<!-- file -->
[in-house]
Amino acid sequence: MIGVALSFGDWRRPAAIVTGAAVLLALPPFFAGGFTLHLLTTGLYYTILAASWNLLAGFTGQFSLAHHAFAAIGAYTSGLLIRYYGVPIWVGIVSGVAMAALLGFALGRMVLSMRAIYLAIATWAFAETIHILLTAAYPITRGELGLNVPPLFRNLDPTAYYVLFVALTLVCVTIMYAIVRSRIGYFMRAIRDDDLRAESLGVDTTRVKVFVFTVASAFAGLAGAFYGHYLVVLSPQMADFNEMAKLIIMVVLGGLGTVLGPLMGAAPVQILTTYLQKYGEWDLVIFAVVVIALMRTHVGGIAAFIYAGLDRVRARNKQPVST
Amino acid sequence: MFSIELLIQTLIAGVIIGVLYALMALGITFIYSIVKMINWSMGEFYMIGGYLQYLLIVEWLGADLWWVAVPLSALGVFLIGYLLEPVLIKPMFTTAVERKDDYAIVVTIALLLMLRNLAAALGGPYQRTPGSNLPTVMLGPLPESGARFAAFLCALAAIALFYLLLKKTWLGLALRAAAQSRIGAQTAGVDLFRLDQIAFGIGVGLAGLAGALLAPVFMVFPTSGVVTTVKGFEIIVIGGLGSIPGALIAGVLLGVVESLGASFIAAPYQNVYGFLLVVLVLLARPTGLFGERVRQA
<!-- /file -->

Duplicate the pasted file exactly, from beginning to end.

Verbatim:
[in-house]
Amino acid sequence: MIGVALSFGDWRRPAAIVTGAAVLLALPPFFAGGFTLHLLTTGLYYTILAASWNLLAGFTGQFSLAHHAFAAIGAYTSGLLIRYYGVPIWVGIVSGVAMAALLGFALGRMVLSMRAIYLAIATWAFAETIHILLTAAYPITRGELGLNVPPLFRNLDPTAYYVLFVALTLVCVTIMYAIVRSRIGYFMRAIRDDDLRAESLGVDTTRVKVFVFTVASAFAGLAGAFYGHYLVVLSPQMADFNEMAKLIIMVVLGGLGTVLGPLMGAAPVQILTTYLQKYGEWDLVIFAVVVIALMRTHVGGIAAFIYAGLDRVRARNKQPVST
Amino acid sequence: MFSIELLIQTLIAGVIIGVLYALMALGITFIYSIVKMINWSMGEFYMIGGYLQYLLIVEWLGADLWWVAVPLSALGVFLIGYLLEPVLIKPMFTTAVERKDDYAIVVTIALLLMLRNLAAALGGPYQRTPGSNLPTVMLGPLPESGARFAAFLCALAAIALFYLLLKKTWLGLALRAAAQSRIGAQTAGVDLFRLDQIAFGIGVGLAGLAGALLAPVFMVFPTSGVVTTVKGFEIIVIGGLGSIPGALIAGVLLGVVESLGASFIAAPYQNVYGFLLVVLVLLARPTGLFGERVRQA